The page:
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Willington Quay, North Tyneside

The Albion Inn, Willington Quay

Last Updated:

10 May 2022

Willington Quay, North Tyneside

This is a

Public House

54.991143, -1.500708

Founded in 


Current status is


Designer (if known):


Currently closed and disused.

"Albion Inn on Potter Street opened in 1853. Present building dates to 1913-1914 when it was owned by Henry and Edward Emmerson, Brewers of Sandyford Rd, Newcastle. On March 4th 1913 permission was granted to start on rebuilding by Wallsend Magistrates. On 20th January 1914 alterations were completed. Also known as the Top House. It was due to be demolished in the late 1960s as part of the Tyne Tunnel construction. It survived and is still open." - Sitelines

Visited May 2022, and unfortunately in a derelict condition. Looks to be subject to demolition in near future.

Listing Description (if available)

The two maps above illustrate the Willington Quay area in 1898 and 1916. The 19th century map depicts an already dense industrial area, relatively similar to modern day Howdon and Willington. You may notice the Riverside branch, which was a railway line from Byker to Percy Main. There was a station at Willington Quay, mainly used by industrial workers. The second map from 1916 labels Albion Inn on Potter Street between the various terraces houses which were demolished, likely as part of clearances. The area looks quite different today, with additional roads added and the railway now cleared and built over.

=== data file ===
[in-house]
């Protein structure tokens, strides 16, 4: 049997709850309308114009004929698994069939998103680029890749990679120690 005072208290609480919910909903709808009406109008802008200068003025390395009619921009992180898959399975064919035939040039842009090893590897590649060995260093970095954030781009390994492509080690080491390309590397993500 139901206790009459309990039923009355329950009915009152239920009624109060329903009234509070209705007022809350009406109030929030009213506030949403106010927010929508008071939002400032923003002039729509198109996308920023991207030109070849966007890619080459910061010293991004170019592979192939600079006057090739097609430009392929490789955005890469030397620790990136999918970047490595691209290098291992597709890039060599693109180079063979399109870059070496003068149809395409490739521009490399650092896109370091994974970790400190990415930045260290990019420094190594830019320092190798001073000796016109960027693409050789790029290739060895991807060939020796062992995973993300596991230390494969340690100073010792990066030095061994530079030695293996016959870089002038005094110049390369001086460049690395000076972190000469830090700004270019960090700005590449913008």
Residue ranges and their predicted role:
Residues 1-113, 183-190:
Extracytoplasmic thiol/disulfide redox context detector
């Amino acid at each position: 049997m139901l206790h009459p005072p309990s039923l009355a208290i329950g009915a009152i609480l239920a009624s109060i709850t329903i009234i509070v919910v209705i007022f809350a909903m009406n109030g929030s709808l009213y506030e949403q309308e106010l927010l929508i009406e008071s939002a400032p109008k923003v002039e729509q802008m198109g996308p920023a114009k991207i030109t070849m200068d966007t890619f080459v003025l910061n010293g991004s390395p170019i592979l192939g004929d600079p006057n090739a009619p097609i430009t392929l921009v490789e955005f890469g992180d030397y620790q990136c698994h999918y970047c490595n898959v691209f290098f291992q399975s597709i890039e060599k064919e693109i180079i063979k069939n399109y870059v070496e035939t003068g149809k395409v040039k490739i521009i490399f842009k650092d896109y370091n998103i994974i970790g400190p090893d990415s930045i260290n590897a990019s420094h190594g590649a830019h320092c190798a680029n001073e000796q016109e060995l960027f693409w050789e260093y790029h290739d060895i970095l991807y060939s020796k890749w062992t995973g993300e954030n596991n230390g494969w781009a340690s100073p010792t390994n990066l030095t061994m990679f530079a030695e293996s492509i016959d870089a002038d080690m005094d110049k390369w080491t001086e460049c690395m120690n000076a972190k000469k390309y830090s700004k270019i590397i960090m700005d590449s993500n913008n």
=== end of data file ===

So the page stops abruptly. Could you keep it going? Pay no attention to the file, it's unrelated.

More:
This is the 1947 Ordnance Survey map of the area. The inn is now labelled as P.H, meaning public house, and was still a central meeting spot for industrial workers in the area.


Albion Inn in 1967. The large printed sign on the side of the building is reminiscent of today's, though it has been redone since. There was previously an extension on this side also, but has since been demolished.

Source: Newcastle Libraries


Side of the building, May 2022. Behind a metal fence, the public house is now derelict. The sign mentioned previously still features on the building.


A second perspective of the building, with the frontage identical to its facade during the 60s.

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